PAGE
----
MuskogeePhoenix.com, Muskogee, OK

Local News

March 2, 2014

Officials eye Davis Field site for juvenile detention

Site one of two deemed suitable for move

Officials plan to assess an area near Davis Field they believe might prove to be a suitable site for a new juvenile detention facility.

Ron Dean, an appraiser with the Muskogee County Assessor’s Office, said the area was one of two that appeared to meet criteria set out by members of an ad hoc committee formed to assess site options.

Committee members say the site needs to be easily accessible to law enforcement agencies that transport inmates to and from the detention center. In addition to accessibility, they say any new site also must be outside residential areas and away from schools, parks and other sensitive areas.

The Muskogee County Regional Juvenile Detention Center is located within an area targeted by city officials for urban renewal and retail development. A consensus exists regarding the need to move the facility, but county officials say relocation is impossible without the estimated $2 million or more needed to replace the 10-bed facility.

City Attorney Roy Tucker recently told urban renewal commissioners the land upon which the detention center was built likely is worth less than what is needed to build a replacement facility. In light of that fact, committee members have been looking for city- or county-owned land to defray costs.

The regional detention facility was built in the 1980s by the Oklahoma Department of Human Services on county-owned property, and operations are funded by the Oklahoma Juvenile Authority. The county would be responsible for the costs of acquiring property and constructing a replacement facility, so committee members have been trying to locate city- or county-owned land suitable for the facility.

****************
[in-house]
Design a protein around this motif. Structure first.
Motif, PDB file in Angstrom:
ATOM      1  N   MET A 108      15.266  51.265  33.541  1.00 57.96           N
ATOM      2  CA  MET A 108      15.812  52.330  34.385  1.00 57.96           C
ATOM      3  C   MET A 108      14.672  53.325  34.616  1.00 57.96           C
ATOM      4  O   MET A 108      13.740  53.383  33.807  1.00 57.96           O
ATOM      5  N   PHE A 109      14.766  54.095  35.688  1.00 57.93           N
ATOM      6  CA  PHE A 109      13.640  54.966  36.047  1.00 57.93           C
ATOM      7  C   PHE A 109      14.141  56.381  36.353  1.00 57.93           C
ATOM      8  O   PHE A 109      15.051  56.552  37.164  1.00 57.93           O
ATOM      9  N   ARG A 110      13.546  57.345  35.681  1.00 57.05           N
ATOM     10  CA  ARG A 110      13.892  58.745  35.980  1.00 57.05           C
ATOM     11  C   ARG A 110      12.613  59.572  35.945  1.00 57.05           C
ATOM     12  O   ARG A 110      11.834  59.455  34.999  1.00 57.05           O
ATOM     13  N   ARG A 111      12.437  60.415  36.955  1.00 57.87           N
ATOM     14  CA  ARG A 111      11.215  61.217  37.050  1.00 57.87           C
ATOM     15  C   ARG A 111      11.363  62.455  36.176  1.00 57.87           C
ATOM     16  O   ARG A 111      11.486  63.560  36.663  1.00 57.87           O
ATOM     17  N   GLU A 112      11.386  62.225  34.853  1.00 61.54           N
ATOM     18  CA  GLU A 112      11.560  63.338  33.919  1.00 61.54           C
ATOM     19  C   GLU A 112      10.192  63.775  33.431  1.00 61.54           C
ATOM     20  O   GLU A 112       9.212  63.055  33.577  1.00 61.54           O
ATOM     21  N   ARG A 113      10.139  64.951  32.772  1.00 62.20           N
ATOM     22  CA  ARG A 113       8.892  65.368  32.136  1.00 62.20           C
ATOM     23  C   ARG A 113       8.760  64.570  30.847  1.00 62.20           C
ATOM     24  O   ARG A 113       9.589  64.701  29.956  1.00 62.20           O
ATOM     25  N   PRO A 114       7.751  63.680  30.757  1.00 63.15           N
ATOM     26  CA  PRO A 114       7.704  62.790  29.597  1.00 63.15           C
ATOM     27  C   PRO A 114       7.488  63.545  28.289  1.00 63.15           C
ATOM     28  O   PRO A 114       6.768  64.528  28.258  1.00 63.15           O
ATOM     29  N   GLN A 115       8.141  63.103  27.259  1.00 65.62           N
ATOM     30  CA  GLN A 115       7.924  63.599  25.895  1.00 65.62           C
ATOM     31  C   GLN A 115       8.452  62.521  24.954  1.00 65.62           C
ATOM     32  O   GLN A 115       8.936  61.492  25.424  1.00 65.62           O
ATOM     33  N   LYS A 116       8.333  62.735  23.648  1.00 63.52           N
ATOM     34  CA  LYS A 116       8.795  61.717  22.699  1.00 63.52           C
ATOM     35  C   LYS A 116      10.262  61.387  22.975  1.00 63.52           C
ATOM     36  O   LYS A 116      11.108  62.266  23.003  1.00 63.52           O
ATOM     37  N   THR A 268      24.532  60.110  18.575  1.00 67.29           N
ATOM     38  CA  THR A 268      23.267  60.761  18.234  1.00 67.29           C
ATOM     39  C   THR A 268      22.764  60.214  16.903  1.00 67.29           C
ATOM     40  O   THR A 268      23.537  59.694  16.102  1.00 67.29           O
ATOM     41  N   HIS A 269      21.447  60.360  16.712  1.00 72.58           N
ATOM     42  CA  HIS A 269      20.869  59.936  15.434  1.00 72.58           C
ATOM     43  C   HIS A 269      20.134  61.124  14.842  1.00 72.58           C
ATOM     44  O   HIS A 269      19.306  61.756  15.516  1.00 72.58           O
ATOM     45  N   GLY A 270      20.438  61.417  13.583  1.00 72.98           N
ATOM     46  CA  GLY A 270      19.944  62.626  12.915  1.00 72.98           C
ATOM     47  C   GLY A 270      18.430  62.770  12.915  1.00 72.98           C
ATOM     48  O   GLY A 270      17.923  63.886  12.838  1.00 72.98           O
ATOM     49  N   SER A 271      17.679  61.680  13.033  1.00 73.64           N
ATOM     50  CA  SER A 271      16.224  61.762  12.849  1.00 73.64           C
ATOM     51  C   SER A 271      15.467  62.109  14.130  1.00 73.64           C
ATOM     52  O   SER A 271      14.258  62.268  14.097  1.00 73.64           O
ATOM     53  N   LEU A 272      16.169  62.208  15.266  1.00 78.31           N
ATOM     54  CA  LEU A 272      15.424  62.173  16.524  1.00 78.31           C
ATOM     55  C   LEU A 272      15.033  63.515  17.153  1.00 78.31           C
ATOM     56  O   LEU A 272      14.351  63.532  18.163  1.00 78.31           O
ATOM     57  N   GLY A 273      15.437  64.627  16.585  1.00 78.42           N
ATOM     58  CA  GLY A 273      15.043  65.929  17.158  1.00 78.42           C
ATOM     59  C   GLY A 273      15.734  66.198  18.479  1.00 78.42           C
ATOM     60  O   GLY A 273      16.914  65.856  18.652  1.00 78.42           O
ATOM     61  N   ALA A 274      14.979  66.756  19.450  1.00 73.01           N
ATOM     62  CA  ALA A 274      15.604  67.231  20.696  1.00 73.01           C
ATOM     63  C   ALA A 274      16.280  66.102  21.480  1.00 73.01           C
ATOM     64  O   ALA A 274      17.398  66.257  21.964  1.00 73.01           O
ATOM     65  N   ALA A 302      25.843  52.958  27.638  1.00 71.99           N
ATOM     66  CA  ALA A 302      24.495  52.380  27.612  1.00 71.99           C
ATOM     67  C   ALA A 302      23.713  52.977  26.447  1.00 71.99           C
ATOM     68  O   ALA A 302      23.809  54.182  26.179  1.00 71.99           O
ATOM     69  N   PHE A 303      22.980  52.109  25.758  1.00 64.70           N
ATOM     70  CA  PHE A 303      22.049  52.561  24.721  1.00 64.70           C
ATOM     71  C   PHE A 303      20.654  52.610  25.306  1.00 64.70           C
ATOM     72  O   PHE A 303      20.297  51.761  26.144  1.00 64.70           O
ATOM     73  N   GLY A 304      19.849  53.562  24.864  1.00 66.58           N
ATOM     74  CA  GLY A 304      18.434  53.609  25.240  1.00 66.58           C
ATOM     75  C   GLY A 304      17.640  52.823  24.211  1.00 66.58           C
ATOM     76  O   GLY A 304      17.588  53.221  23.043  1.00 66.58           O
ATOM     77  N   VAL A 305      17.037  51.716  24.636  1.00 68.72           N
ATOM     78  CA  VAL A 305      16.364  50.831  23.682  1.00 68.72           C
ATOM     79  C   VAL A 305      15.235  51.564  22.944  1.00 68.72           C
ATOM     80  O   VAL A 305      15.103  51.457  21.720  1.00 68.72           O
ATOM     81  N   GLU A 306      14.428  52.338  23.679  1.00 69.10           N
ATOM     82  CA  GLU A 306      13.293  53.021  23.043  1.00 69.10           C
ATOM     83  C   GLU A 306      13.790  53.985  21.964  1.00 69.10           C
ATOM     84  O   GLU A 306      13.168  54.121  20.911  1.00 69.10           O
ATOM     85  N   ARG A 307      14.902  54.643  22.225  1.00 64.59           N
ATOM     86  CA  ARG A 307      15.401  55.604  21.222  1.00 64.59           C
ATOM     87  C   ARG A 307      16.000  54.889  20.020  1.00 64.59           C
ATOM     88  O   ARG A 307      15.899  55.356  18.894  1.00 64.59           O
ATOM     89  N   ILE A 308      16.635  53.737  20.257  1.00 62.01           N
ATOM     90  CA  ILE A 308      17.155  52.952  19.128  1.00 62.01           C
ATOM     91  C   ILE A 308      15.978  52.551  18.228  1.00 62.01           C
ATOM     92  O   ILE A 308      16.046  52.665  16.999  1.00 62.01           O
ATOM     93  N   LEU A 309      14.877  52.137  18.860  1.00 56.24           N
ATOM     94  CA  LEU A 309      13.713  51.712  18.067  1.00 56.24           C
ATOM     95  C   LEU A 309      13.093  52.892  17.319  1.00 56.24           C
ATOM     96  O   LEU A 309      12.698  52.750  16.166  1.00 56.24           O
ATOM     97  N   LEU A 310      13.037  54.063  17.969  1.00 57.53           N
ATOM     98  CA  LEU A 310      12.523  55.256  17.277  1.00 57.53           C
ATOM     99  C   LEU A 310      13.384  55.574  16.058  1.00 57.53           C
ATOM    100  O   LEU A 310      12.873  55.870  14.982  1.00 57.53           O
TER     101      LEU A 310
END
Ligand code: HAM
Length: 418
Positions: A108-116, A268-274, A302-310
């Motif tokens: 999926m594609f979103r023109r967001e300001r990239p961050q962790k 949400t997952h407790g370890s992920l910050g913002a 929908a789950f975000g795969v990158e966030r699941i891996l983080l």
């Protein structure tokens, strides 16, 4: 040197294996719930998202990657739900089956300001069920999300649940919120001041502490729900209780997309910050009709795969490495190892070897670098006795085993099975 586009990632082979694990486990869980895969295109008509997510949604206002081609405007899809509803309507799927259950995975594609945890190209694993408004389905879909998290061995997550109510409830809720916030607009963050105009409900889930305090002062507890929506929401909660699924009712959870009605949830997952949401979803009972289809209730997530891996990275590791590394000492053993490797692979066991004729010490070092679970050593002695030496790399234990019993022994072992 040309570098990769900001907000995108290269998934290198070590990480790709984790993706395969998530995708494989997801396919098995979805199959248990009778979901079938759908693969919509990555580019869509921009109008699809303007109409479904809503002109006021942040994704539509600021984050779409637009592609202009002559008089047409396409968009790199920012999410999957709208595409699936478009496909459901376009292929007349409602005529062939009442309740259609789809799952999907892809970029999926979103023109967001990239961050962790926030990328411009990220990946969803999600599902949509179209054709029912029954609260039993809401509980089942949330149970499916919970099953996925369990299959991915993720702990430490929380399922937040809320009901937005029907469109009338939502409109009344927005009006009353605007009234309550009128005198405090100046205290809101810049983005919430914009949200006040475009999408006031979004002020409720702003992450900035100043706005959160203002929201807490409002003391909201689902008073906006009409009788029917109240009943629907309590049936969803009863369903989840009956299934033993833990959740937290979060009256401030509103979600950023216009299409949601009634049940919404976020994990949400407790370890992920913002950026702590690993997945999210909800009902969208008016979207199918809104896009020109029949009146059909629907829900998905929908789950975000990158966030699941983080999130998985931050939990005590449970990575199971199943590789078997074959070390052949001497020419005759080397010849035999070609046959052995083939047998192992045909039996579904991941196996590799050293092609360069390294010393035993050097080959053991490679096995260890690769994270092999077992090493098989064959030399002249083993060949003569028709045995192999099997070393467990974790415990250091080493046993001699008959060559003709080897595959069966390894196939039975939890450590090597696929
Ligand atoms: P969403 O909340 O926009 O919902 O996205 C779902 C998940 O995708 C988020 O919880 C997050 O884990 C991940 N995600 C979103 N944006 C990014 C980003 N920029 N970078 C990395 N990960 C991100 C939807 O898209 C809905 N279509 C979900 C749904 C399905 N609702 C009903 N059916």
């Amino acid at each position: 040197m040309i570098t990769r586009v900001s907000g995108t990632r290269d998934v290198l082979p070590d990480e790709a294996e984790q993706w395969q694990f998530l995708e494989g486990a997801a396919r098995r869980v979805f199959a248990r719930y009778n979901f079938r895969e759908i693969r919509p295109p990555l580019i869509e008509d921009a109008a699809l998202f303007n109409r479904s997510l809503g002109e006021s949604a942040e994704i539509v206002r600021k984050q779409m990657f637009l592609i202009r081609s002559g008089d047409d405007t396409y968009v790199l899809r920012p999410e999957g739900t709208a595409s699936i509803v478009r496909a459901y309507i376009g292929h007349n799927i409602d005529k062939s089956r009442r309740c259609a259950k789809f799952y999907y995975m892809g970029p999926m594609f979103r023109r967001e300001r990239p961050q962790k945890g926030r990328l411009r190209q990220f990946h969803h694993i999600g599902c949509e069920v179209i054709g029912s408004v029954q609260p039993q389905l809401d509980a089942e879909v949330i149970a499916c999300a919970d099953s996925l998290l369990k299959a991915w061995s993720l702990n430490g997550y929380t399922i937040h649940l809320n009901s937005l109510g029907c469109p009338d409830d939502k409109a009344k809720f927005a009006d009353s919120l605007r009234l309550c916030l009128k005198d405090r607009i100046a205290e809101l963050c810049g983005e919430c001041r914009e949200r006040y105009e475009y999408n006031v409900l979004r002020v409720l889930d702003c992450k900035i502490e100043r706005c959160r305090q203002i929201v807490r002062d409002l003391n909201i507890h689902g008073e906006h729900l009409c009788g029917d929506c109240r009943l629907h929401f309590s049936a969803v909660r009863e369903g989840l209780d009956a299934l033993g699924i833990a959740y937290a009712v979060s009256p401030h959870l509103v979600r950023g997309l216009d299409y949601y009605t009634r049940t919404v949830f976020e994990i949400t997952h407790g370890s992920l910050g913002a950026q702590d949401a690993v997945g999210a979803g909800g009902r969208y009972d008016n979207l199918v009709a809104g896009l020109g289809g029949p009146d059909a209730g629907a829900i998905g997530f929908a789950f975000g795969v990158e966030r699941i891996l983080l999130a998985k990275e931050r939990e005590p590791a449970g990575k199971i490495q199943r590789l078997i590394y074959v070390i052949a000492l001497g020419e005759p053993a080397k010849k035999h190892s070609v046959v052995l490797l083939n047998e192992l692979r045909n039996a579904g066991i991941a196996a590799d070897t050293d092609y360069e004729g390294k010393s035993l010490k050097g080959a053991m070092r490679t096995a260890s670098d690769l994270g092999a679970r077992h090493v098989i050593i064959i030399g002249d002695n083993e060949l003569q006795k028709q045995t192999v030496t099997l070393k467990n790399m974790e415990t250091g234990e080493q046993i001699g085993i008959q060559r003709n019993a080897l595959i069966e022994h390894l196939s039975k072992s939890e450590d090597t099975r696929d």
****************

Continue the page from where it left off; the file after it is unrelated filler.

Dean said a search of county land records turned up more than 1,000 parcels of suitable size. Tracts within developed and other residential areas were filtered out along with those where future development appears likely. That left only Davis Field and the old fairgrounds as areas suitable for a new juvenile detention facility.

“The not-in-my-backyard syndrome took most of those out of the equation,” Dean said about properties located in or near neighborhoods, subdivisions and other platted areas within the county. “When I did that there were some that looked suitable ... but then we had to make sure we wouldn’t be in the same situation we’re in now 15 years from now.”

There was some interest in the former fairgrounds area, which Tucker said the city is developing as a “government facilities area.” The city opened a central garage and vehicle maintenance facility there and has plans to build a multi-agency fire and police training facility at the location.

Security concerns, however, steered interest among committee members toward an area at Davis Field. An assessment of available infrastructure at that location is expected to be completed during the next few weeks.

District 1 Commissioner Gene Wallace said another factor that must be considered is the prospect of state budget cuts. A letter circulated by OJA Director T. Keith Wilson warns about potential facility and program cuts the agency faces in light of Gov. Mary Fallin’s budget proposals.

Wallace said other problems associated with relocation could arise if state lawmakers fail to fully fund the regional juvenile detention centers and other programs. Any funding cuts, Wallace said, would “have a major negative effect” on facility operations and relocation options.

Reach D.E. Smoot at (918) 684-2901 or dsmoot@muskogeephoenix.com.

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